Best Law School Loans in September 2020

As of

Law school loan interest rates currently range from around 4 percent to 13 percent. Your actual rate offered will depend on factors like your annual income, credit score and debt ratios.

Filters
Sallie MaeFixed APR
From
4.74%
Variable APR
From
1.25%
Term5-15yr5-15 yrNext
SoFiFixed APR
From
4.13%
Variable APR
From
1.8%
Term5-15yr5-15 yrNext
College AveFixed APR
From
3.49%
Variable APR
From
1.24%
Term5-15yr5-15 yrNext
CredibleFixed APR
From
3.53%
Variable APR
From
1.24%
Term5-20yr5-20 yrNext

Bankrate’s guide to choosing the best student loans for law school

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At Bankrate, our mission is to empower you to make smarter financial decisions. We’ve been comparing and surveying financial institutions for more than 40 years to help you find the right products for your situation. Our award-winning editorial team follows strict guidelines to ensure the content is not influenced by advertisers. Additionally, our content is thoroughly reported and vigorously edited to ensure accuracy.

When shopping for a personal loan, compare APRs across multiple lenders to make sure you’re getting a competitive rate. Also look for lenders that keep fees to a minimum and offer repayment terms that fit your needs. Loan details presented here are current as of the publish date. Check the lenders’ websites for more current information. The personal loan lenders listed here are selected based on factors such as APR, loan amounts, fees, credit requirements and more.

Best law school student loans in July 2020

Lender
Current APR Range
Loan Term
Min. Loan Amount
Max. Loan Amount
Best for:
Federal grad PLUS loan
7.08% (fixed)
10 to 25 years
N/A
100% cost of attendance
Best overall
SoFi
Fixed: 4.41% to 11.67% (with autopay)
Variable: 1.25% to 10.46% (with autopay)
5 to 15 years
$5,000
100% cost of attendance
Best overall private law school loan lender
Earnest
Fixed: Starting at 4.39% (with autopay)
Variable: Starting at 1.78% (with autopay)
5 to 20 years
$1,000
100% cost of attendance
Best for flexible repayment options
Sallie Mae
Fixed: 5.50% to 9.99% (with autopay)
Variable: 2.50% to 8.02% (with autopay)
Up to 15 years
$1,000
100% cost of attendance
Best for part-time students
College Ave
Fixed: 4.20% to 9.75% (with autopay)
Variable: 1.79% - 8.69% (with autopay)
5 to 20 years
$1,000
100% cost of attendance
Best for competitive rates
Citizens One
Fixed: 4.45% to 10.95% APR (with autopay)
Variable: 1.47% to 8.20% APR (with autopay)
5 to 15 years
$1,000
$225,000
Best for multi-year funding
Ascent
Fixed: 4% to 14.92% (with autopay)
Variable: 3.18% to 13.92% (with autopay)
5 to 15 years
$1,000
$200,000 for co-signed, $20,000 for non-co-signed
Best for loans without a co-signer
Discover
Fixed: 4.99% to 10.24% APR (with autopay)
Variable: 2.74% to 8.37% APR (with autopay)
20 years
$1,000
100% cost of attendance
Best for offering rewards

Details: best student loans for law school in July 2020

Federal grad PLUS loan: best overall

Overview: Federal student loans offer loans up to the entire cost of attendance (minus any aid you receive) and a variety of generous repayment options.

Perks: Federal loans offer unique benefits like loan forbearance, discharge and forgiveness when you meet certain criteria. You may also be able to qualify for a loan without a co-signer if you meet certain requirements, so it may be a viable option if you have a poor credit history.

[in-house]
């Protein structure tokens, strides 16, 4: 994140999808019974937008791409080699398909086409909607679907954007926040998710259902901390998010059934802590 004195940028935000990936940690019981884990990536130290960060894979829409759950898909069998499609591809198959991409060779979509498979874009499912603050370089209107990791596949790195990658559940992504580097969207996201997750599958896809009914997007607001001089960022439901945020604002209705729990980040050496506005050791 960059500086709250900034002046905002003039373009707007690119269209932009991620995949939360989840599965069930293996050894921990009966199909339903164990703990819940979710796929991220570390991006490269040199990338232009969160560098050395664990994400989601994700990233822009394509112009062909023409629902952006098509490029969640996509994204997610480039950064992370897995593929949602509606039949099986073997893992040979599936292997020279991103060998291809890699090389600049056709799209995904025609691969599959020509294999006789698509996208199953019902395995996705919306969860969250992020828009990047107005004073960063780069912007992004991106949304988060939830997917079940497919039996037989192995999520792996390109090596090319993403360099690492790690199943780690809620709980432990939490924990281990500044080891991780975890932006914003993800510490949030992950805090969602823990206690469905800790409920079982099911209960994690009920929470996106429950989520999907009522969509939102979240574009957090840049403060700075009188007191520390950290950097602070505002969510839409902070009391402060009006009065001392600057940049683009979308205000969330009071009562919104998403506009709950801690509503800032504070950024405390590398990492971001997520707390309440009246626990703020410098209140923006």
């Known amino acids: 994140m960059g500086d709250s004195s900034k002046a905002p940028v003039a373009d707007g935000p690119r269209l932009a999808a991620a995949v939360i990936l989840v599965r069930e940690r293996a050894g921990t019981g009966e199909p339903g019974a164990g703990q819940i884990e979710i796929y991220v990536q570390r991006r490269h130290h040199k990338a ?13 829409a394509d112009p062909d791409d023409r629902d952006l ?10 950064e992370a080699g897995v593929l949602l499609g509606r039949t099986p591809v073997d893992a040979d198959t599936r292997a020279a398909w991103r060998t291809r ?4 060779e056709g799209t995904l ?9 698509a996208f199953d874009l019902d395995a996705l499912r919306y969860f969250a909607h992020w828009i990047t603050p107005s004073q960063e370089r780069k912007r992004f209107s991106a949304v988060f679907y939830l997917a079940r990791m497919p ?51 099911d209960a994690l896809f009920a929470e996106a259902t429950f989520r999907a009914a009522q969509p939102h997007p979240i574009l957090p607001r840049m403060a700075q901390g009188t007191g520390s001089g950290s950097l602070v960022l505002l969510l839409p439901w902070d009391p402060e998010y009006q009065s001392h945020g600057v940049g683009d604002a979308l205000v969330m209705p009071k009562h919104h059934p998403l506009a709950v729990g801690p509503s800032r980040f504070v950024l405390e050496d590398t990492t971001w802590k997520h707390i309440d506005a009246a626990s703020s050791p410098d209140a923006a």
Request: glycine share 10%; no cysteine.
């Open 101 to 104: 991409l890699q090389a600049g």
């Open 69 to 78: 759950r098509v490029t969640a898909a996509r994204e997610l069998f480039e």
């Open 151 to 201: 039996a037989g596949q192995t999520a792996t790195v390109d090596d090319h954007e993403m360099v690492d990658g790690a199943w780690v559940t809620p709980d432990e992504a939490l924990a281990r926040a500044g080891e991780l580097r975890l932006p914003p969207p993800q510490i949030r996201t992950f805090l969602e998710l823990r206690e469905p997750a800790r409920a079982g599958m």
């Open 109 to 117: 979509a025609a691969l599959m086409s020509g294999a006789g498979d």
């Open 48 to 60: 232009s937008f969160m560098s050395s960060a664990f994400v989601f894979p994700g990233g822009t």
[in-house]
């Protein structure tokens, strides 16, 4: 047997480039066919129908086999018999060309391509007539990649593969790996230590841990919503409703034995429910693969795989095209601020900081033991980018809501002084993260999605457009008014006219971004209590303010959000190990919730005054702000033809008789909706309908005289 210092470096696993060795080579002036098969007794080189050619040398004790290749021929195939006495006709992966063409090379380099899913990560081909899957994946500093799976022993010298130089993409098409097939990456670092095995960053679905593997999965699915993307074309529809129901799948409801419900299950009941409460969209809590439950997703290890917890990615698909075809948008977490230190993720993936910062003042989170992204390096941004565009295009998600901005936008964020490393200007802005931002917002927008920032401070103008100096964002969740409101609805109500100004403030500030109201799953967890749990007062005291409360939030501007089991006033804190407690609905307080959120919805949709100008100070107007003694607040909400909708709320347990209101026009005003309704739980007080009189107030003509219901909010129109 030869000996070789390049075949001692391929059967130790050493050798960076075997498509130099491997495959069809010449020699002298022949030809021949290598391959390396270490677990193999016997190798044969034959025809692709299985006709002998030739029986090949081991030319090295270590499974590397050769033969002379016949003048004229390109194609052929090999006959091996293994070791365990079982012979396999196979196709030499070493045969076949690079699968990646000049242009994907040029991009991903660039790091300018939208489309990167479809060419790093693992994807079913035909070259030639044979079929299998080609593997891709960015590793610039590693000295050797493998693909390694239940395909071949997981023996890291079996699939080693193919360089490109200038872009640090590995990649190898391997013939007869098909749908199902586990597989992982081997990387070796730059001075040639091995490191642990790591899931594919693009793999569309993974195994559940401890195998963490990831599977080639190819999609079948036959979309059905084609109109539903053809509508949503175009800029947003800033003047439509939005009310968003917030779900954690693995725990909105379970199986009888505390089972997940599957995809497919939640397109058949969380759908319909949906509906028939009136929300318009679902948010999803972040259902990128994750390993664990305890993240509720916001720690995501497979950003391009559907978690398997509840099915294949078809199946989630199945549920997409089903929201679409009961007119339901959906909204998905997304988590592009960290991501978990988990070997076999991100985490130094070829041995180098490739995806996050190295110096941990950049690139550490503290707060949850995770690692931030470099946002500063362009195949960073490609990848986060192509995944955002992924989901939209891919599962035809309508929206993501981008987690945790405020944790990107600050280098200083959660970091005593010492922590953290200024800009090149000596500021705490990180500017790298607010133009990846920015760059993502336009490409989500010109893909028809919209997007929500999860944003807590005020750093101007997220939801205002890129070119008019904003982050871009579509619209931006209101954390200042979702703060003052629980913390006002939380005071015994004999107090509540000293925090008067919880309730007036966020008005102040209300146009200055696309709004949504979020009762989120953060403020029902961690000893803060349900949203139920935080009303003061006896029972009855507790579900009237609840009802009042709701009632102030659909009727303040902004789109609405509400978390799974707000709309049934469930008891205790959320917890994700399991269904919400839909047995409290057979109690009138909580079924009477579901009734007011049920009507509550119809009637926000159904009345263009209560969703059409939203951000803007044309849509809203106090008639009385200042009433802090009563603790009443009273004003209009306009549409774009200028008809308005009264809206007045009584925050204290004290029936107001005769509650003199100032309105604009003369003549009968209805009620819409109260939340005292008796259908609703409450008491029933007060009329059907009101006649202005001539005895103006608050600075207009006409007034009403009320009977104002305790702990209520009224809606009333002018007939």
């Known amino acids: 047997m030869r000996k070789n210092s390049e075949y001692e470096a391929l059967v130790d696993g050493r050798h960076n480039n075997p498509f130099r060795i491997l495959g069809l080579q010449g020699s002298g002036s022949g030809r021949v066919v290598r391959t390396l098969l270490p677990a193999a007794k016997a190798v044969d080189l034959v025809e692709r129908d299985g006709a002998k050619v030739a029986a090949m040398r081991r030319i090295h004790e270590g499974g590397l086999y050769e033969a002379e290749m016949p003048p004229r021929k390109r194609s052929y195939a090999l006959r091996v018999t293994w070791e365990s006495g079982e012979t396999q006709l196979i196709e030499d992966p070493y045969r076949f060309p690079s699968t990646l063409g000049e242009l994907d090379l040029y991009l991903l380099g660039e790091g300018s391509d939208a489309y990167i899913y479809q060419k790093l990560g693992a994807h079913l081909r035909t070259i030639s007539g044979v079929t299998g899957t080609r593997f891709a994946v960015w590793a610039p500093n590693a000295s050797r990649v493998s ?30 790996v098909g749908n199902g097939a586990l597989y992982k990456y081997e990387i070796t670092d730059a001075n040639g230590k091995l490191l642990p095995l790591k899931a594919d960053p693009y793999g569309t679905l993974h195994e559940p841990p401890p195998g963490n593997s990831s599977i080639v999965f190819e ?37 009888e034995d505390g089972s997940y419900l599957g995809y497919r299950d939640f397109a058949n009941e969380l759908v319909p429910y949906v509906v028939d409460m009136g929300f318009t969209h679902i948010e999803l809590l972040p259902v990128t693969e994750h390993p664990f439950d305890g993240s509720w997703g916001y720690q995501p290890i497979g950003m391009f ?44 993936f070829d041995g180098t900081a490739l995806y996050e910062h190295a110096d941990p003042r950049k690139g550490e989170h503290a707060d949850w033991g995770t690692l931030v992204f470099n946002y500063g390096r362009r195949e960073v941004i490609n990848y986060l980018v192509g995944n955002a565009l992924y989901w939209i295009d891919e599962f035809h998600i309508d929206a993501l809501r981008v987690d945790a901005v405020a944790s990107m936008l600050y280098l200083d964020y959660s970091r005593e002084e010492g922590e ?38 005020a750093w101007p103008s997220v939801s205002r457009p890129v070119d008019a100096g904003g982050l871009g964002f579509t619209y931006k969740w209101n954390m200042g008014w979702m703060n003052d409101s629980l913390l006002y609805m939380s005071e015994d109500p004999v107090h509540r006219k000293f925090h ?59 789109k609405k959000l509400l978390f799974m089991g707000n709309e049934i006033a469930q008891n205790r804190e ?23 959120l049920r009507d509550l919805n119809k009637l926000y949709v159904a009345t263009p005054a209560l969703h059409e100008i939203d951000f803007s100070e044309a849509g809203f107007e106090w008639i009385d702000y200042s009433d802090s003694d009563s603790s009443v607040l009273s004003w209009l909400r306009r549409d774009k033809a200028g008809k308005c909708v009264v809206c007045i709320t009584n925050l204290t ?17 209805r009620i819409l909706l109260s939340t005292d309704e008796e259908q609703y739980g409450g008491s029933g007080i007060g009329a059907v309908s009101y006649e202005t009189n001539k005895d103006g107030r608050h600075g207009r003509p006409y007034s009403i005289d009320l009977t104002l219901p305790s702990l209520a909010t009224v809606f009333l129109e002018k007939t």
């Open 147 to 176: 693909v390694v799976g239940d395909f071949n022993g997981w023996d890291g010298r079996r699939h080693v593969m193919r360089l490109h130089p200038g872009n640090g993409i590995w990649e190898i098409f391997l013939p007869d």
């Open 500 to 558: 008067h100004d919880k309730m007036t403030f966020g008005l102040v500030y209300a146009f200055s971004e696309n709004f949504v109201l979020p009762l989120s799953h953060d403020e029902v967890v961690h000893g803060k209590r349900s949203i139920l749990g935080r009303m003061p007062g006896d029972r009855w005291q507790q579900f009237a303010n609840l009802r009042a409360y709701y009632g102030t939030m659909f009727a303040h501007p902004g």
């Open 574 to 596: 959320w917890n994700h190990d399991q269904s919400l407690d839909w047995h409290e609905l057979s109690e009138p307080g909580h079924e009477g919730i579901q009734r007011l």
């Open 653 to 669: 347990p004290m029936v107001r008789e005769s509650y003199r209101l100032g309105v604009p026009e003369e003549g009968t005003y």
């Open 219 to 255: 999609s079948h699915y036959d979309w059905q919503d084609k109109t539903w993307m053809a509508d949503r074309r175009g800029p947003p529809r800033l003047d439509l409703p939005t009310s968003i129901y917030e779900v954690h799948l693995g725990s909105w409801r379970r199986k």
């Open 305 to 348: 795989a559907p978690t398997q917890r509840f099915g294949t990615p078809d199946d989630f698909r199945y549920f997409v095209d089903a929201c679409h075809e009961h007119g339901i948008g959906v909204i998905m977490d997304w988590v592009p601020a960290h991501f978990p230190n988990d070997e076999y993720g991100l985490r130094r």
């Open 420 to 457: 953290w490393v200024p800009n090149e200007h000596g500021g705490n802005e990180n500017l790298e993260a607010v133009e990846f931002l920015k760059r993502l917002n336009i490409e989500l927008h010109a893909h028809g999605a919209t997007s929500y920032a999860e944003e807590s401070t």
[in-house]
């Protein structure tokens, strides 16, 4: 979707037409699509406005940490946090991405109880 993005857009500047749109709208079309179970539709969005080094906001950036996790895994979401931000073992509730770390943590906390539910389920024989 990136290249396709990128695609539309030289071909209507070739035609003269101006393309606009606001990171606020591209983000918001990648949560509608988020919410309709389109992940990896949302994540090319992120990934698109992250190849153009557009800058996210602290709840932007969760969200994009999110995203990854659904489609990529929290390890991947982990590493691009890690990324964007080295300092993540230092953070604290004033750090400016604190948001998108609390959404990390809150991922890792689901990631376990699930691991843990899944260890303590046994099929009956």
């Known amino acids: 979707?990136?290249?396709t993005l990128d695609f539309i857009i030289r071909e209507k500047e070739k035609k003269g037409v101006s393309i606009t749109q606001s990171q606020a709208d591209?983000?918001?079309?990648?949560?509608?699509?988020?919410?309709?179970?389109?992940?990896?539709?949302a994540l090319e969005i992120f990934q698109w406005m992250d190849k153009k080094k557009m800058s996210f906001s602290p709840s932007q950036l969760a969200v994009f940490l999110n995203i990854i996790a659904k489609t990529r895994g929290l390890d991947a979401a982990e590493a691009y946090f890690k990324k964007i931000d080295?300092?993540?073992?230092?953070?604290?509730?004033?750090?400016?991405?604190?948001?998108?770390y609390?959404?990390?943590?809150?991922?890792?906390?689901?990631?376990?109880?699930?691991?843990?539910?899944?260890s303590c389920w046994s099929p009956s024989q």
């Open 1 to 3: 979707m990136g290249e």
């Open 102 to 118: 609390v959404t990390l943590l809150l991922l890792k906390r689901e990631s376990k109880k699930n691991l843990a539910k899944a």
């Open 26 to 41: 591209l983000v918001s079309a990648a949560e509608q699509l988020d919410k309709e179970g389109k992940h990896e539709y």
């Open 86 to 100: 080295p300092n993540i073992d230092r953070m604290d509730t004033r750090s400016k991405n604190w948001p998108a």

What to watch out for: Grad PLUS loans have loan fees (currently at 4.236 percent), and borrowers need to complete entrance counseling before the loan is disbursed. The interest rate may also be higher than that of some private lenders.

Lender Federal Grad PLUS Loan
Minimum Credit Score N/A
APR Range 7.08% (fixed)
Loan amount Up to 100% cost of attendance
Loan terms 10 to 25 years
Fees 4.236% loan fee

Sofi: best overall private law school loan lender

Overview: SoFi offers competitive rates (both fixed and variable), no fees and myriad repayment options. The entire loan process happens online.

Perks: Borrowers can get a rate estimate without affecting their credit score and get an approval within minutes. SoFi also offers unique benefits, such as a 0.25 percent rate discount for those who make automatic payments and free access to financial advisors, career coaching and more.

What to watch out for: While SoFi doesn't disclose a minimum credit score requirement for its law school loans, its high credit score requirement for personal loans may indicate that the lender is best suited for borrowers with good to excellent credit.

Lender SoFi
Minimum Credit Score Not specified
APR Range Fixed: 4.41% to 11.67% (with autopay)
Variable: 1.25% to 10.46% (with autopay)
Loan amount $5,000 to 100% cost of attendance
Loan terms 5 to 15 years
Fees None

Earnest: best for flexible repayment options

Overview: Earnest is a private student loan lender offering flexible repayment options, no late fees and competitive rates .

Perks: Borrowers can skip one payment every 12 months, change repayment due date and enjoy a grace period of nine months. There is also a 0.25 percent rate discount for autopay customers.

What to watch out for: Earnest borrowers must have a minimum credit score of 650 and at least three years of credit history. Additionally, if using a co-signer, the co-signer must have a minimum income of $35,000 per year.

Lender Earnest
Minimum Credit Score 650
APR Range Fixed: Starting at 4.39% (with autopay)
Variable: Starting at 1.78% (with autopay)
Loan amount From $1,000 up to 100% of cost of attendance
Loan terms 5 to 20 years
Fees $8 returned payment fee

Sallie Mae: best for part-time students

Overview: Sallie Mae is one of the more well-known private student loan lenders that offers flexible repayment terms and minimal fees.

Perks: Sallie Mae doesn't just cater to full-time students; it also offers loans for part-time students. Borrowers benefit from no origination fees, a nine-month grace period, a 0.25 percent autopay discount and a co-signer release if you meet certain credit requirements and make 12 consecutive on-time payments.

What to watch out for: You won’t be able to prequalify for a loan, meaning you’ll be subjected to a hard inquiry and your credit score could be affected.

Lender Sallie Mae
Minimum Credit Score Not specified
APR Range Fixed: 5.50% to 9.99% (with autopay)
Variable: 2.50% to 8.02% (with autopay)
Loan amount $1,000 up to 100% of cost of attendance
Loan terms Up to 15 years
Fees 5% late fee (maximum $25), up to $20 returned check fee

College Ave: best for competitive rates

Overview: College Ave offers loans for U.S. residents and international students. You can check your rate without impacting your credit, and a co-signer release is available to qualifying borrowers.

Perks: The lender offers four repayment options, and its rates are competitive with other big-name lenders like SoFi. There’s also a 0.25 percent autopay rate discount.